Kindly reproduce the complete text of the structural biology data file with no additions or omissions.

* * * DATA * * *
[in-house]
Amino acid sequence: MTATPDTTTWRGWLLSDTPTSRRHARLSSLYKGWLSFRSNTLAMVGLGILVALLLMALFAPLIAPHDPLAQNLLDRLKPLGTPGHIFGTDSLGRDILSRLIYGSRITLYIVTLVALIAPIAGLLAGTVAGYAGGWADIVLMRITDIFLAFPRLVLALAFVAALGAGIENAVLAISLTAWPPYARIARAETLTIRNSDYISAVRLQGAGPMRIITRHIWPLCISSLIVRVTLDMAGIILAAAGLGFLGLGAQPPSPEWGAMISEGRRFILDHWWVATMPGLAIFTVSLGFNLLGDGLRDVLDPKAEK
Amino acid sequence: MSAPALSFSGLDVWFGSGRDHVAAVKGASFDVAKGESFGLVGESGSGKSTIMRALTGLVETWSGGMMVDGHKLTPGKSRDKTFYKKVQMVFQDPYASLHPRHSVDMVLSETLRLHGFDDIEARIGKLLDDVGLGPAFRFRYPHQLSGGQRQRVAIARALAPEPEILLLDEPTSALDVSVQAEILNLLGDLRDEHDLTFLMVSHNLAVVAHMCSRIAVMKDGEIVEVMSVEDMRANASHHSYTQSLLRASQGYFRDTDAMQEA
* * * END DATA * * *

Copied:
[in-house]
Amino acid sequence: MTATPDTTTWRGWLLSDTPTSRRHARLSSLYKGWLSFRSNTLAMVGLGILVALLLMALFAPLIAPHDPLAQNLLDRLKPLGTPGHIFGTDSLGRDILSRLIYGSRITLYIVTLVALIAPIAGLLAGTVAGYAGGWADIVLMRITDIFLAFPRLVLALAFVAALGAGIENAVLAISLTAWPPYARIARAETLTIRNSDYISAVRLQGAGPMRIITRHIWPLCISSLIVRVTLDMAGIILAAAGLGFLGLGAQPPSPEWGAMISEGRRFILDHWWVATMPGLAIFTVSLGFNLLGDGLRDVLDPKAEK
Amino acid sequence: MSAPALSFSGLDVWFGSGRDHVAAVKGASFDVAKGESFGLVGESGSGKSTIMRALTGLVETWSGGMMVDGHKLTPGKSRDKTFYKKVQMVFQDPYASLHPRHSVDMVLSETLRLHGFDDIEARIGKLLDDVGLGPAFRFRYPHQLSGGQRQRVAIARALAPEPEILLLDEPTSALDVSVQAEILNLLGDLRDEHDLTFLMVSHNLAVVAHMCSRIAVMKDGEIVEVMSVEDMRANASHHSYTQSLLRASQGYFRDTDAMQEA